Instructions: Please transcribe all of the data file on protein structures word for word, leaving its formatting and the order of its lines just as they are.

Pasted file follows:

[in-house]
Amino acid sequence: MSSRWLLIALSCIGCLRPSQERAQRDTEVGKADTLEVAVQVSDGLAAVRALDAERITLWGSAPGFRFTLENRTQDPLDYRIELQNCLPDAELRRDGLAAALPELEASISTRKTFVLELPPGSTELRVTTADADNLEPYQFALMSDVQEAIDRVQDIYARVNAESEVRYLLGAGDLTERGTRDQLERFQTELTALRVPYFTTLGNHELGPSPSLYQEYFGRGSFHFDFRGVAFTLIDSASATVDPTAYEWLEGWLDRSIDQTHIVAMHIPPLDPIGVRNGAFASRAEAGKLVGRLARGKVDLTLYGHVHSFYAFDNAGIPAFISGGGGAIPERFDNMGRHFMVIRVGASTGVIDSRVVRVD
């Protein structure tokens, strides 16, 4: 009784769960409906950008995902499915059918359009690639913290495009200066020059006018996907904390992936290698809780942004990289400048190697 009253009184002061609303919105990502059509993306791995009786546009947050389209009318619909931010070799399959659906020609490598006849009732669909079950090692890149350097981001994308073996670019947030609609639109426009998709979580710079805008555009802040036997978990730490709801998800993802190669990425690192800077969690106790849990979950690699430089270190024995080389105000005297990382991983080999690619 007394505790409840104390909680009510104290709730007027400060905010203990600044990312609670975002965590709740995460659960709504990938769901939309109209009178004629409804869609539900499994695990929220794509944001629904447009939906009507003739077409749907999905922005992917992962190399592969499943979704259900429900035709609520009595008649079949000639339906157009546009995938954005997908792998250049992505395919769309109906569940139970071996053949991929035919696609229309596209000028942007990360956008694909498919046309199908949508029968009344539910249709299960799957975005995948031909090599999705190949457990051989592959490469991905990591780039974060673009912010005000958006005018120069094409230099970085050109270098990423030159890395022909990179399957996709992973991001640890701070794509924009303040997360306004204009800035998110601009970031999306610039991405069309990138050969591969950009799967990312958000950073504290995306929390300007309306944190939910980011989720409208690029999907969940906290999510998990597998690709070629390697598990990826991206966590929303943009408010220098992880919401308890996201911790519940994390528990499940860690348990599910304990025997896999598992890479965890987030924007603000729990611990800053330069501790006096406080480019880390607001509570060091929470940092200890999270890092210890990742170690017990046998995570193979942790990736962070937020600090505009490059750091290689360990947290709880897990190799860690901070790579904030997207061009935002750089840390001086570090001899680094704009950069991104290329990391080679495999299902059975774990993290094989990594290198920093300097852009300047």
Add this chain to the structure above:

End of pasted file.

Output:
[in-house]
Amino acid sequence: MSSRWLLIALSCIGCLRPSQERAQRDTEVGKADTLEVAVQVSDGLAAVRALDAERITLWGSAPGFRFTLENRTQDPLDYRIELQNCLPDAELRRDGLAAALPELEASISTRKTFVLELPPGSTELRVTTADADNLEPYQFALMSDVQEAIDRVQDIYARVNAESEVRYLLGAGDLTERGTRDQLERFQTELTALRVPYFTTLGNHELGPSPSLYQEYFGRGSFHFDFRGVAFTLIDSASATVDPTAYEWLEGWLDRSIDQTHIVAMHIPPLDPIGVRNGAFASRAEAGKLVGRLARGKVDLTLYGHVHSFYAFDNAGIPAFISGGGGAIPERFDNMGRHFMVIRVGASTGVIDSRVVRVD
């Protein structure tokens, strides 16, 4: 009784769960409906950008995902499915059918359009690639913290495009200066020059006018996907904390992936290698809780942004990289400048190697 009253009184002061609303919105990502059509993306791995009786546009947050389209009318619909931010070799399959659906020609490598006849009732669909079950090692890149350097981001994308073996670019947030609609639109426009998709979580710079805008555009802040036997978990730490709801998800993802190669990425690192800077969690106790849990979950690699430089270190024995080389105000005297990382991983080999690619 007394505790409840104390909680009510104290709730007027400060905010203990600044990312609670975002965590709740995460659960709504990938769901939309109209009178004629409804869609539900499994695990929220794509944001629904447009939906009507003739077409749907999905922005992917992962190399592969499943979704259900429900035709609520009595008649079949000639339906157009546009995938954005997908792998250049992505395919769309109906569940139970071996053949991929035919696609229309596209000028942007990360956008694909498919046309199908949508029968009344539910249709299960799957975005995948031909090599999705190949457990051989592959490469991905990591780039974060673009912010005000958006005018120069094409230099970085050109270098990423030159890395022909990179399957996709992973991001640890701070794509924009303040997360306004204009800035998110601009970031999306610039991405069309990138050969591969950009799967990312958000950073504290995306929390300007309306944190939910980011989720409208690029999907969940906290999510998990597998690709070629390697598990990826991206966590929303943009408010220098992880919401308890996201911790519940994390528990499940860690348990599910304990025997896999598992890479965890987030924007603000729990611990800053330069501790006096406080480019880390607001509570060091929470940092200890999270890092210890990742170690017990046998995570193979942790990736962070937020600090505009490059750091290689360990947290709880897990190799860690901070790579904030997207061009935002750089840390001086570090001899680094704009950069991104290329990391080679495999299902059975774990993290094989990594290198920093300097852009300047």
Add this chain to the structure above: